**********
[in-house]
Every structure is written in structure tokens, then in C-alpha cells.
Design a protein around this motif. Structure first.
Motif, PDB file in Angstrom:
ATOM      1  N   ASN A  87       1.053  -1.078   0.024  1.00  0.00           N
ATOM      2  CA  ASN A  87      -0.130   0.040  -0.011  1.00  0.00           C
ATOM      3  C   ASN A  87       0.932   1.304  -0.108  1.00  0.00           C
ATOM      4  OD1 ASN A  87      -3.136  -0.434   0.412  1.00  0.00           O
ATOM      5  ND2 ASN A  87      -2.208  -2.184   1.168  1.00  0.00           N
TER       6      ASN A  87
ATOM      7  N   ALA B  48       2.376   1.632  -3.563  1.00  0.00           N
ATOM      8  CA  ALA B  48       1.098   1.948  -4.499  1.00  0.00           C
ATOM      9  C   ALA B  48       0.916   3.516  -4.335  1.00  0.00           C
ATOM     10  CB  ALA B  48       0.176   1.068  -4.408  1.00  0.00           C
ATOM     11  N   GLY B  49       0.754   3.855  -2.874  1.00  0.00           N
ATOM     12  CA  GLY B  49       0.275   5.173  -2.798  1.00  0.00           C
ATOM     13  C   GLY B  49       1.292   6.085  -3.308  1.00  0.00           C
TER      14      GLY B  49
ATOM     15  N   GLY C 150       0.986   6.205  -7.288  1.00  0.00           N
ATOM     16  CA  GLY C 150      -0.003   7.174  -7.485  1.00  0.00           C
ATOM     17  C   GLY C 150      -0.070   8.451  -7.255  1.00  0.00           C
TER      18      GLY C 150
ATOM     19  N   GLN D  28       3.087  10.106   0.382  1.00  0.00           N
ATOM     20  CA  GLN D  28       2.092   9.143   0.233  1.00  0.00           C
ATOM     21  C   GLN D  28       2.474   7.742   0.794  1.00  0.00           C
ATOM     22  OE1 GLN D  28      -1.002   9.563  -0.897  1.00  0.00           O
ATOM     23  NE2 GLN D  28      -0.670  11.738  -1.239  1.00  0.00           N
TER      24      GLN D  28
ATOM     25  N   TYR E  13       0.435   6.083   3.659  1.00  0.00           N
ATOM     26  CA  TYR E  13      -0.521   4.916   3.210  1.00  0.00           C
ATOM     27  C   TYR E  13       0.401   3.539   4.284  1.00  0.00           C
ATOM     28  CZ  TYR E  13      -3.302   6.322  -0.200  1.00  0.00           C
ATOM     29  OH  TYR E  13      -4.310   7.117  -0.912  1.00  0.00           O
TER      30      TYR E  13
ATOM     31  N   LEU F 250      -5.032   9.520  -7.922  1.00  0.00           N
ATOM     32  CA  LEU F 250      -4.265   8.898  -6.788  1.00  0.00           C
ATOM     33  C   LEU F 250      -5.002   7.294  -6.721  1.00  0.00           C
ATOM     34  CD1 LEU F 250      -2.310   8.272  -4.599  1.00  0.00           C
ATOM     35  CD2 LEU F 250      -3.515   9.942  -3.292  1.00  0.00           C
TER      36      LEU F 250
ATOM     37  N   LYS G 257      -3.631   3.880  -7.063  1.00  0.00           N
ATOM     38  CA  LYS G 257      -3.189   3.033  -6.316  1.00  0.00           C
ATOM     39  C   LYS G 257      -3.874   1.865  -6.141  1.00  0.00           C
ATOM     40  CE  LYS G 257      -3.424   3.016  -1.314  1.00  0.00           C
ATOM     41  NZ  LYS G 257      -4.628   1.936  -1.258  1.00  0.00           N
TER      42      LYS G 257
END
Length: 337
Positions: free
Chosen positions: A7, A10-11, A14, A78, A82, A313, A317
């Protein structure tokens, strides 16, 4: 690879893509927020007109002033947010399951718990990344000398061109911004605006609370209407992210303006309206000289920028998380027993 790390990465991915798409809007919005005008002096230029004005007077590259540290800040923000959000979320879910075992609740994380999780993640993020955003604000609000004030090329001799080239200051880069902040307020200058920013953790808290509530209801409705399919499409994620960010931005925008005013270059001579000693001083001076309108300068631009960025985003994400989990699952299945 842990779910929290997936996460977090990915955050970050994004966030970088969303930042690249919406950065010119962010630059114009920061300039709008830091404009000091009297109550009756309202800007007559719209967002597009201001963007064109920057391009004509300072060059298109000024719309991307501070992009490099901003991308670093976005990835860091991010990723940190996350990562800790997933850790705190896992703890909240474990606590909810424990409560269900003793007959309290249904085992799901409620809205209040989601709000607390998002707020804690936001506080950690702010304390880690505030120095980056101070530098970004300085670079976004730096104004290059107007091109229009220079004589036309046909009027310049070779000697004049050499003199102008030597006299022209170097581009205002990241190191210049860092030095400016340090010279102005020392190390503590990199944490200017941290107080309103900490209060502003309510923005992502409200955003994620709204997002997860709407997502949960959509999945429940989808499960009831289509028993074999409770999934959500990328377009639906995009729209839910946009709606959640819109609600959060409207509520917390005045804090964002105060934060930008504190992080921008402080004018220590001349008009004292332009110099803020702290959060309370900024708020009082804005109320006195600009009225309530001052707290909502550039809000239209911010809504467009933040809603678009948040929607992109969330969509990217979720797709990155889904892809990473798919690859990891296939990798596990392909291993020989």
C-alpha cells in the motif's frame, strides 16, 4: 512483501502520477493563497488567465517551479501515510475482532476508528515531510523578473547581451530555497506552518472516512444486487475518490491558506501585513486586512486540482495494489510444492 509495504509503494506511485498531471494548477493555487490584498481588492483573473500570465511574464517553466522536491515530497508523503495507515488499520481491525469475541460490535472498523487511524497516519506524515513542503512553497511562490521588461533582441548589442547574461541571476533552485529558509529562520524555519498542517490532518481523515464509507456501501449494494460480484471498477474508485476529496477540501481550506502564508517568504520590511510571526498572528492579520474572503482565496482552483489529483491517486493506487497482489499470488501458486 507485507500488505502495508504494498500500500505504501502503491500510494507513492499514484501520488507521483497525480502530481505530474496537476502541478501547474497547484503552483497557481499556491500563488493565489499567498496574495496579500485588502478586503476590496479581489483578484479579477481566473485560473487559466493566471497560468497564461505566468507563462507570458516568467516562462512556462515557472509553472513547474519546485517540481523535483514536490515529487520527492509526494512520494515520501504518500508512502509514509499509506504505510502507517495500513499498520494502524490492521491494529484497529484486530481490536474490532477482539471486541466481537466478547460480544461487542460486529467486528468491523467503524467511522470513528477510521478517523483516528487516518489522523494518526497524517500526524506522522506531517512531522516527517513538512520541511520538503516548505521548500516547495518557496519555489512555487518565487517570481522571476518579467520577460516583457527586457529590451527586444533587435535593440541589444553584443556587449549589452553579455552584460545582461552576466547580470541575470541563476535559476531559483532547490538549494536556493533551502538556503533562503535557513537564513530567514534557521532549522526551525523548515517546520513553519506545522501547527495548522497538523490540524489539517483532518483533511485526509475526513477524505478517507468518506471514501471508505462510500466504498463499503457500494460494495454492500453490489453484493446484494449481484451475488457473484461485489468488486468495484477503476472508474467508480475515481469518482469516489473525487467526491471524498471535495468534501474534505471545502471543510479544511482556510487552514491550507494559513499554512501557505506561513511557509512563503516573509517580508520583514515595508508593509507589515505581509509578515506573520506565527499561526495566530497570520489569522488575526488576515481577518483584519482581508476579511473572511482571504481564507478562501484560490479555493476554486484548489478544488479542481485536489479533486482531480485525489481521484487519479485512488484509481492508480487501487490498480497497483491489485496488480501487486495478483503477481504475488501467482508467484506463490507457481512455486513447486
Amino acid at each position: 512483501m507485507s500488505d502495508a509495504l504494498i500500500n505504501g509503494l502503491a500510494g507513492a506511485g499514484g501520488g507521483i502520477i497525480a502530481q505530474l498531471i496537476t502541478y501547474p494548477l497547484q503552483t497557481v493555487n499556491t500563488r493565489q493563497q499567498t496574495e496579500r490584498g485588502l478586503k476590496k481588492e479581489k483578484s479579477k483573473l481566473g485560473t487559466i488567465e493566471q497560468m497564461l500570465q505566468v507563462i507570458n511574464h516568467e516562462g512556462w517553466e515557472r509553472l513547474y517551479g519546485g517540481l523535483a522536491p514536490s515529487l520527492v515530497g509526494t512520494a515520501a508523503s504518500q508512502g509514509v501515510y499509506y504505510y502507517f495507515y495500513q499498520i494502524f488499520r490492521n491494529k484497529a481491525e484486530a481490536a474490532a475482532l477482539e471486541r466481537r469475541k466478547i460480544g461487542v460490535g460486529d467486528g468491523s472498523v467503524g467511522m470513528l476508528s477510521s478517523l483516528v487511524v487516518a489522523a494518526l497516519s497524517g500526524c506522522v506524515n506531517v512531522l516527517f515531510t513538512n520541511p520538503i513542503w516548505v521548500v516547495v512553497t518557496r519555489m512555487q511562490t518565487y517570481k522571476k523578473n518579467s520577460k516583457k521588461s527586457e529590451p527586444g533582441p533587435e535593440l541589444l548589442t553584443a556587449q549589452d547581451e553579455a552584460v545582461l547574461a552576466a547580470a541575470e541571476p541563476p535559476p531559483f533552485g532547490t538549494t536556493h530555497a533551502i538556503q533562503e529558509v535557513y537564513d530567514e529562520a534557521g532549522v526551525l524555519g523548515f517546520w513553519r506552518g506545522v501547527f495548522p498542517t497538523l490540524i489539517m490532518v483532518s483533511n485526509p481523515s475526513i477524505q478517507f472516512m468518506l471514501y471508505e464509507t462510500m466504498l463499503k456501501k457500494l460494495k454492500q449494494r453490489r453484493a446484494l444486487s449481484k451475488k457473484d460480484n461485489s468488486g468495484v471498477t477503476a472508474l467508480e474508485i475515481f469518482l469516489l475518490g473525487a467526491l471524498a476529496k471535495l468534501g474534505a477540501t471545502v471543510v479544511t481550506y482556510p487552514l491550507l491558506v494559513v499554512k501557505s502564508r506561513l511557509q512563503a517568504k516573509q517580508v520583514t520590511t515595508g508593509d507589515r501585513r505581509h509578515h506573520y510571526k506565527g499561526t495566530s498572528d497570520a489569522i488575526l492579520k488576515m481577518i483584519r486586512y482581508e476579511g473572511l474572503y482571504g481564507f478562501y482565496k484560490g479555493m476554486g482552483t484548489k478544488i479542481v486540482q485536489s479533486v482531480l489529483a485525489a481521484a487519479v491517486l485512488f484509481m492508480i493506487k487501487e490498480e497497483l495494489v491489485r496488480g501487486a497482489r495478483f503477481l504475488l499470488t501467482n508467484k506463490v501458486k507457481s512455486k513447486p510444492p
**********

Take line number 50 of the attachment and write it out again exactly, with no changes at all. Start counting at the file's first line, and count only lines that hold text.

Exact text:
Chosen positions: A7, A10-11, A14, A78, A82, A313, A317